For the first time in 50,000 years, a recently discovered comet will appear in the night sky.
According to NASA, the comet was discovered on March 2, 2022, by astronomers using the wide-field survey camera of the Zwicky Transient Facility at the Palomar Observatory in San Diego County, California. On January 12, the comet will be closest to the sun.
According to The Planetary Society, the comet, which is referred to as C/2022 E3 (ZTF), has an orbit around the sun that takes it through the outer reaches of the solar system. This is the reason why it has taken such a long time to come back to Earth.
EarthSky says that on January 12, skywatchers in the Northern Hemisphere using telescopes and binoculars should look low on the northeastern horizon just before midnight to see it.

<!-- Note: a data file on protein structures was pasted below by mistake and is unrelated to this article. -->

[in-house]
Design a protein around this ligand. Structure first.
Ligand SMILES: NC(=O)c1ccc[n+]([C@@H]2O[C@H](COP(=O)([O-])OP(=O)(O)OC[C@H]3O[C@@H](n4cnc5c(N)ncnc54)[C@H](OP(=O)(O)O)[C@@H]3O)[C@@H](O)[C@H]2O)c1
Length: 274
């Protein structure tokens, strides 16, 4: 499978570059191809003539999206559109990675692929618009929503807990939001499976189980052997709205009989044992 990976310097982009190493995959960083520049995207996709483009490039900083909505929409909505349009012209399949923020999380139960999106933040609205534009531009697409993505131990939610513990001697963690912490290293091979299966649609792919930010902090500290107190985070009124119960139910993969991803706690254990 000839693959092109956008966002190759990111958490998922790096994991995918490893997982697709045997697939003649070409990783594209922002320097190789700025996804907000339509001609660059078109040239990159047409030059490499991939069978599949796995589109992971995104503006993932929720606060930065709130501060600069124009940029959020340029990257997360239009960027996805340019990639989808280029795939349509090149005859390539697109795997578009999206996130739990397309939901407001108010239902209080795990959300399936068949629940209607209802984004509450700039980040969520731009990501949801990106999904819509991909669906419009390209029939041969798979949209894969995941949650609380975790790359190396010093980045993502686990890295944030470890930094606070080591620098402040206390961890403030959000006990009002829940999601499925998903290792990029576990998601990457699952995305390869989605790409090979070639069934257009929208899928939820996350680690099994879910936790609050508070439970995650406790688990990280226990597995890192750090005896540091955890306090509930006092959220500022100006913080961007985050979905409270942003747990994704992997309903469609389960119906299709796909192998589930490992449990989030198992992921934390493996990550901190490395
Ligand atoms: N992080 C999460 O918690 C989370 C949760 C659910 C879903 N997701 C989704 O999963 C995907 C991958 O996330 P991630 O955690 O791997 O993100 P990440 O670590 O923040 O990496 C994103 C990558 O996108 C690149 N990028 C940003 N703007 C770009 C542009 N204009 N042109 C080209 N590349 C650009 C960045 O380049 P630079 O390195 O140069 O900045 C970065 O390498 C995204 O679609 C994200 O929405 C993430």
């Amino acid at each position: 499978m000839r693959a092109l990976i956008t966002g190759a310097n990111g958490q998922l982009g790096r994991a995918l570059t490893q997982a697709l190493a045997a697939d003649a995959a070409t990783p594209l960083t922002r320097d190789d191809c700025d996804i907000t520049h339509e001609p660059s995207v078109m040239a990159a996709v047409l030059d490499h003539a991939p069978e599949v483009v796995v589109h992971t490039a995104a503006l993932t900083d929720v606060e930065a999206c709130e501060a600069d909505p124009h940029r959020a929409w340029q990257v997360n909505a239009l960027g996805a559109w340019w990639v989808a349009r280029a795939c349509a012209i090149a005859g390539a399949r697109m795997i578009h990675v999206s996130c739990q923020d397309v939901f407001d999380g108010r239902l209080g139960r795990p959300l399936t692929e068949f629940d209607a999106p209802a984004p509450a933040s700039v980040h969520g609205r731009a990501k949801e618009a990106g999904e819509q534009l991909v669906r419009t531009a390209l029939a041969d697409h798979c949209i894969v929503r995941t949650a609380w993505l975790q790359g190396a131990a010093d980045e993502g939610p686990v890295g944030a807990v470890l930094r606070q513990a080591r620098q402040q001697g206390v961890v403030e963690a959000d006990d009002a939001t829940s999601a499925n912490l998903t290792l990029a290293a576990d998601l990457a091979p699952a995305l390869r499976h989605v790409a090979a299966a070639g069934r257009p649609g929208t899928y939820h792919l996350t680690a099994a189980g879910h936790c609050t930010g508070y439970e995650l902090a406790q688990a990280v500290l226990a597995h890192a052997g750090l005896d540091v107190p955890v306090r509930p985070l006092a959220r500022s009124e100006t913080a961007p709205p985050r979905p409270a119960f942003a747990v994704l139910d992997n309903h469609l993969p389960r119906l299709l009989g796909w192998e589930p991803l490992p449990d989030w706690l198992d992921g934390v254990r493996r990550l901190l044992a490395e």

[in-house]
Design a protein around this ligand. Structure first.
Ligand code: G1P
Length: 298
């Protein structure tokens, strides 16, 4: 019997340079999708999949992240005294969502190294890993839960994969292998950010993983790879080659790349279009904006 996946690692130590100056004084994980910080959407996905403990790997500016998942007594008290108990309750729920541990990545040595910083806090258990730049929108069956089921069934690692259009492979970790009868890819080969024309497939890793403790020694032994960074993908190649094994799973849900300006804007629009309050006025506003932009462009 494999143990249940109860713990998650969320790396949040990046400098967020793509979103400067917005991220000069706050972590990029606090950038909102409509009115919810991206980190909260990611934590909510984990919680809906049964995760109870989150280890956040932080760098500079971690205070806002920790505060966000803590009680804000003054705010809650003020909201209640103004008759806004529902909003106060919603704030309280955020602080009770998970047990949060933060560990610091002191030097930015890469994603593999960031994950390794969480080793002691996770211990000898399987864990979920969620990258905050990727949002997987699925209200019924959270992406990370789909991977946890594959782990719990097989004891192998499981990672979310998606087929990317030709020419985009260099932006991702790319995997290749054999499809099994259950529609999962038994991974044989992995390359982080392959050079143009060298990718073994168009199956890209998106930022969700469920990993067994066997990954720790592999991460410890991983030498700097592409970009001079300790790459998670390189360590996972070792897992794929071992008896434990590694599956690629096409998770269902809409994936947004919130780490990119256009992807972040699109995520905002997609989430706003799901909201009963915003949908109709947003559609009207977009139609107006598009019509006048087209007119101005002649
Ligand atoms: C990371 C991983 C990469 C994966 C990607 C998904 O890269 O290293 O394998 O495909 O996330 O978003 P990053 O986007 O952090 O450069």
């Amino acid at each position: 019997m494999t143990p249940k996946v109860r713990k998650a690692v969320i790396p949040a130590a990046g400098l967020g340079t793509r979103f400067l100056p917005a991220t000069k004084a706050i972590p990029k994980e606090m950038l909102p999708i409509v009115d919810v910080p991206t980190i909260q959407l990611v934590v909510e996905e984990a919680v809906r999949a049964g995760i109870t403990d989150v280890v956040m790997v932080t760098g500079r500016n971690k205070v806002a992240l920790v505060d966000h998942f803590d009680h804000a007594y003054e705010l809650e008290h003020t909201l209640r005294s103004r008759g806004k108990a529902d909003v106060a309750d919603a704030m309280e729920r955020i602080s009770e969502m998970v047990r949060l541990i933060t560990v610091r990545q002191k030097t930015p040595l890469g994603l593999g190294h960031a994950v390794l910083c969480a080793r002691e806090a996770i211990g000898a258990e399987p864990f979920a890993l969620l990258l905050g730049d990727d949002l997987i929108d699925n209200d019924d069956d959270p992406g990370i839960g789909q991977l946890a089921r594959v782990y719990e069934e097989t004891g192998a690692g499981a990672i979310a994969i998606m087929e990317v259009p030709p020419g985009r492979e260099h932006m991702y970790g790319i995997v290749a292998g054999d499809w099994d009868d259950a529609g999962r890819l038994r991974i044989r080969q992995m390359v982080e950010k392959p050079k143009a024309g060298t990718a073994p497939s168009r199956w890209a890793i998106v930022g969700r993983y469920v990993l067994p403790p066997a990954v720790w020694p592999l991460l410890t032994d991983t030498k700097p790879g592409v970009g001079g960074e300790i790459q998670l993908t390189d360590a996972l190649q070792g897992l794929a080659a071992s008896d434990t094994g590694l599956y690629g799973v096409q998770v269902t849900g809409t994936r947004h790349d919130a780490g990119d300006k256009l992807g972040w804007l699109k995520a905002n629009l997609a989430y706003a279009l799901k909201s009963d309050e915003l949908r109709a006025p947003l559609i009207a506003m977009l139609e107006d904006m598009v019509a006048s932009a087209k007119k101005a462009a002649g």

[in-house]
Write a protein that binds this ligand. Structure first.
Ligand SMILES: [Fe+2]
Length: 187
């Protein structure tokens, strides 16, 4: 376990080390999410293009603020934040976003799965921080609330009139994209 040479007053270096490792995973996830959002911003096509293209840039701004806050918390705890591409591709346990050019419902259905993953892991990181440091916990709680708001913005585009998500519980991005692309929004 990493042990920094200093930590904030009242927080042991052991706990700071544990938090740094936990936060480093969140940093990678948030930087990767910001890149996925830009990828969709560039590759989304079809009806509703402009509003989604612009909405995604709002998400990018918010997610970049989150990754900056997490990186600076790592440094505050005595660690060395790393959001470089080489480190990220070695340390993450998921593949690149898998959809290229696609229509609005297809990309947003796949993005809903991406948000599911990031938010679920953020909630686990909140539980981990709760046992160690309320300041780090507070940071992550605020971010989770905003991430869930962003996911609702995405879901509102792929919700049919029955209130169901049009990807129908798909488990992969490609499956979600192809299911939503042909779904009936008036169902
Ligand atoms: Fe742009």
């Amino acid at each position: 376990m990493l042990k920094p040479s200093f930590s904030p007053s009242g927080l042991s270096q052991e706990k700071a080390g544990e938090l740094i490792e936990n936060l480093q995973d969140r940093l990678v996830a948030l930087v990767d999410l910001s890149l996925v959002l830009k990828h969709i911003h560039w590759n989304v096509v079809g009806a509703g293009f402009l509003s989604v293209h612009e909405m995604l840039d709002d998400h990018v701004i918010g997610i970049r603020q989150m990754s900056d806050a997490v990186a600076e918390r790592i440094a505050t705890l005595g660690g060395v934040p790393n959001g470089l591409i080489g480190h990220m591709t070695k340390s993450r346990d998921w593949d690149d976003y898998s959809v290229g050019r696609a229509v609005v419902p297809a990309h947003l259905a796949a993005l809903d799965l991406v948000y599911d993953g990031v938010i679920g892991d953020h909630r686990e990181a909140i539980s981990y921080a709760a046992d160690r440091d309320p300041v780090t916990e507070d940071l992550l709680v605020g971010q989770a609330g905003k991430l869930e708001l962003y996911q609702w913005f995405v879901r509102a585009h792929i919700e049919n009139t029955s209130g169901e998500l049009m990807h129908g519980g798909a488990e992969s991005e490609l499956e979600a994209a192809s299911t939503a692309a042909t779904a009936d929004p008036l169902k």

According to EarthSky, the icy celestial object, whose brightness has steadily increased as it approaches the sun, will then make its closest approach to Earth between February 1 and February 2, approximately 42 million kilometers away. As the comet approaches Earth, observers will be able to observe it in close proximity to the bright star Polaris, which is also known as the North Star. It should be visible earlier in the evening.
NASA says that skywatchers in the Northern Hemisphere should be able to see the comet in the morning sky for most of January, and those in the Southern Hemisphere should be able to see it in the beginning of February.
C/2022 E3 (ZTF) may even become visible to the naked eye in dark skies toward the end of January, depending on how bright it gets in the coming weeks.
The comet is distinguished from stars by the glowing green coma that surrounds it and its streaking tails of energized particles. As a comet approaches the sun, an envelope known as the coma forms around it, causing the ice to sublimate or transform directly into gas. When observed through telescopes, the comet appears fuzzy as a result of this.